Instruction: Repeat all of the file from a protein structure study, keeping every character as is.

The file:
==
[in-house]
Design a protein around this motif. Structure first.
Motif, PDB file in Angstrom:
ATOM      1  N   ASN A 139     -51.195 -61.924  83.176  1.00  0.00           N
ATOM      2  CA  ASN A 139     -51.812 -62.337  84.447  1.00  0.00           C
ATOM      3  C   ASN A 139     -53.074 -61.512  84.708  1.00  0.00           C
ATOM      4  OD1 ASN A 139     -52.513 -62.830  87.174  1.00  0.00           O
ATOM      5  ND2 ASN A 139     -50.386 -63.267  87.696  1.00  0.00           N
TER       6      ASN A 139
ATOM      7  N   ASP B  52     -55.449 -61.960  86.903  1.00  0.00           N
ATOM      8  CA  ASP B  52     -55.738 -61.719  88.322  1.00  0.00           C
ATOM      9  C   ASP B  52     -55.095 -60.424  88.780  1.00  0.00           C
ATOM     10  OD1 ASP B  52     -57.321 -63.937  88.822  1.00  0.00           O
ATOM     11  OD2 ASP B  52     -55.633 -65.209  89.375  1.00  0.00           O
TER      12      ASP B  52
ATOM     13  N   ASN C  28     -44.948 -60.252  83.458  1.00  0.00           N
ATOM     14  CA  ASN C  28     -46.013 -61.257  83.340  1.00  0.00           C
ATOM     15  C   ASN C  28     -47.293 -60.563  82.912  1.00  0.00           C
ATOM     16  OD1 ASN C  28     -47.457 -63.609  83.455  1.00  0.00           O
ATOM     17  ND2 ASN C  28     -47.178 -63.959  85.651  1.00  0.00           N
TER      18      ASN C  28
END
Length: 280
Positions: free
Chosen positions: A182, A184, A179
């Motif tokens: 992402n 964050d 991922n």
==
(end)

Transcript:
[in-house]
Design a protein around this motif. Structure first.
Motif, PDB file in Angstrom:
ATOM      1  N   ASN A 139     -51.195 -61.924  83.176  1.00  0.00           N
ATOM      2  CA  ASN A 139     -51.812 -62.337  84.447  1.00  0.00           C
ATOM      3  C   ASN A 139     -53.074 -61.512  84.708  1.00  0.00           C
ATOM      4  OD1 ASN A 139     -52.513 -62.830  87.174  1.00  0.00           O
ATOM      5  ND2 ASN A 139     -50.386 -63.267  87.696  1.00  0.00           N
TER       6      ASN A 139
ATOM      7  N   ASP B  52     -55.449 -61.960  86.903  1.00  0.00           N
ATOM      8  CA  ASP B  52     -55.738 -61.719  88.322  1.00  0.00           C
ATOM      9  C   ASP B  52     -55.095 -60.424  88.780  1.00  0.00           C
ATOM     10  OD1 ASP B  52     -57.321 -63.937  88.822  1.00  0.00           O
ATOM     11  OD2 ASP B  52     -55.633 -65.209  89.375  1.00  0.00           O
TER      12      ASP B  52
ATOM     13  N   ASN C  28     -44.948 -60.252  83.458  1.00  0.00           N
ATOM     14  CA  ASN C  28     -46.013 -61.257  83.340  1.00  0.00           C
ATOM     15  C   ASN C  28     -47.293 -60.563  82.912  1.00  0.00           C
ATOM     16  OD1 ASN C  28     -47.457 -63.609  83.455  1.00  0.00           O
ATOM     17  ND2 ASN C  28     -47.178 -63.959  85.651  1.00  0.00           N
TER      18      ASN C  28
END
Length: 280
Positions: free
Chosen positions: A182, A184, A179
């Motif tokens: 992402n 964050d 991922n």